Today this is a combination of therapy, medication, and so much self-care. Recovery is a journey, and this journey has led me to self-discovery and a deeper understanding of myself. As I learn more about myself, I learn more about what helps. I am a social worker, and my career has taught me that I cannot be successful unless I take care of myself first. This is no easy task. My instinct is always to help other first, but this is a necessary lesson. I found NAMI through my professional life. I am now the Director of Programs at NAMI Hancock County. In my work at NAMI, I have found a mental health family and a passion for speaking up for those of us that live with such misunderstood diagnoses. I used to think that I was not “bad enough” for a support group or additional services. I have learned that there is no such thing as “bad enough” and we can all benefit from connection to those who understand. I am now proud to be a person that understands and proud to say I have not let my diagnosis win. I am still standing, stronger than I was yesterday. My diagnosis does not define me. I get to define me, and I am still an avid runner, a wonderful friend, and a compassionate human.

Bailey Kerr is the Director of Programs at NAMI Hancock County and is currently working as a graduate intern with NAMI Ohio. She is studying social work at Case Western Reserve University and will complete her coursework later this year. 


Missing Travel? Take a Virtual Trip Around the World

Missing Travel? Take a Virtual Trip Around the World

“The world is a book and those who do not travel read only one page”  -Saint Augustine

For many people, taking a vacation or traveling to somewhere new is one of the best ways to relax and unwind for self-care. And it seems that it is healthy for us, as travel has been linked with increasing creativity and happiness while decreasing stress and depressive feelings1. With the current reality of travel restrictions, financial hardships, and temporary closures of many vacation destinations, a great way to experience the feeling of getting away without leaving your own home is through virtual experiences. There are hundreds of places all over the globe that are giving access, almost always for free, to their artwork, performances, and landmarks; some are simple cams that you can watch at your leisure whereas others are guided tours by some of the greatest experts in the world.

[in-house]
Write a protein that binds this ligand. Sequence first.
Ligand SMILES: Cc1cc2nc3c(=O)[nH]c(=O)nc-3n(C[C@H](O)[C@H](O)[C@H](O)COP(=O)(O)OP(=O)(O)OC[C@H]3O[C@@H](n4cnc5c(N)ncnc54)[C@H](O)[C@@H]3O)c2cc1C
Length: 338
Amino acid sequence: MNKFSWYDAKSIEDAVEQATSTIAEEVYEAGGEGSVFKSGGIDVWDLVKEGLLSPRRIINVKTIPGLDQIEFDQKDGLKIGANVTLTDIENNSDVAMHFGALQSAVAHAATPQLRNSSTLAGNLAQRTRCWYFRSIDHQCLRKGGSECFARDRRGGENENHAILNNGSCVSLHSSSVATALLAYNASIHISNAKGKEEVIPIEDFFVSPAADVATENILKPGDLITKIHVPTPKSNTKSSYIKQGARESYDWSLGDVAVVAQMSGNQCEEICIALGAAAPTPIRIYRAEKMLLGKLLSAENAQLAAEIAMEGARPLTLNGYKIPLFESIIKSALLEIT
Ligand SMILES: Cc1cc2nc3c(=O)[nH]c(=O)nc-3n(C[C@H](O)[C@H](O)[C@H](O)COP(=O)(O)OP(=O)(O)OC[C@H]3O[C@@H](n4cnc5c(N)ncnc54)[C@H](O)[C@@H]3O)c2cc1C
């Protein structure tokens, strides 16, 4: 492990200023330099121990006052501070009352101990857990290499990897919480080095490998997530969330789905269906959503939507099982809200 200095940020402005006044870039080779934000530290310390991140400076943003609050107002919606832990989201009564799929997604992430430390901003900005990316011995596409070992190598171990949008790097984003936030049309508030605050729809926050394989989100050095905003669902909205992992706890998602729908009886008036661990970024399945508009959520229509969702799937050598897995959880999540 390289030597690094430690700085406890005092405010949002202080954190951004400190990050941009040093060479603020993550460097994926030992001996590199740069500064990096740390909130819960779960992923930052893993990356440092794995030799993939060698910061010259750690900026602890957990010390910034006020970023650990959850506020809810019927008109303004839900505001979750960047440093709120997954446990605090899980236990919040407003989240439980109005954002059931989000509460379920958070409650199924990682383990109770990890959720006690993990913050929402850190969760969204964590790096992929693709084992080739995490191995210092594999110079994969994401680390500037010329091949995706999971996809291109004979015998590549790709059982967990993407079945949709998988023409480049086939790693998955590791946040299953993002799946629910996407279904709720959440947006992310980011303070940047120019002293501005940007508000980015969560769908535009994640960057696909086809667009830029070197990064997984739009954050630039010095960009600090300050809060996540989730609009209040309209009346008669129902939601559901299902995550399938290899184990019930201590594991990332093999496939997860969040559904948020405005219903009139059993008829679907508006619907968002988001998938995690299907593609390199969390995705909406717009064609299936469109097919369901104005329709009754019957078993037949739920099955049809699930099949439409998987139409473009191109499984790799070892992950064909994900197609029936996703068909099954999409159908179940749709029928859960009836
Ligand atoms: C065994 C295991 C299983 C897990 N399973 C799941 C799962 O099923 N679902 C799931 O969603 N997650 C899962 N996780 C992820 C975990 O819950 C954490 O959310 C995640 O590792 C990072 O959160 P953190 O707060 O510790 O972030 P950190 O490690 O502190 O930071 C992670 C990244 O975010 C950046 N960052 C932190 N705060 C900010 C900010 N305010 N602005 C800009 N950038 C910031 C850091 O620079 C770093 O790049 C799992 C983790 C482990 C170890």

Below are some of my favorites:

The Museum of Modern Art (MoMA)

The British Museum

The Museum of Natural History

Monterey Bay Aquarium

San Diego Zoo

U.S. National Parks

Metropolitan Opera

Virtual Tours of Popular Tourist Attractions Around the World

Photo from Pexels

Practicing Mindfulness

Practicing Mindfulness

Submitted by: Danielle Smart

“If you want to fly, give up everything that weighs you down” Buddha

Mindfulness and meditation are terms that are often brought up when discussing self-care, but for many people can seem very intimidating to actually practice. Research has shown that benefits of practicing mindfulness on a regular basis include reducing cell damage, lengthening our lives, bolstering our immune system, improving our concentration, and reducing ruminative thinking that contributes to the high levels of stress which can help people understand, tolerate, and deal with their emotions in healthy ways(1). Practicing mindfulness, even for just five minutes a day, can be a great way to perform self-care. And remember: mindfulness is about practice, not mastery! Below are two simple exercises that you can practice anytime and anywhere to help increase your mindfulness(2):

  1. Our senses (sight, touch, smell, taste, sound) can be a powerful influence on our thoughts and feelings, but rarely do we consciously pay attention to them. In this exercise, simply take note of where you are through acknowledging what your sense are experiencing. Get as comfortable as you can (sitting or standing, whichever you prefer) then name four things you can see, three things you can hear, two things you can feel, and one thing you can smell. You can do this as many times as you would like. The goal of this exercise is to focus on what you are experiencing and being aware of your body, rather than your thoughts.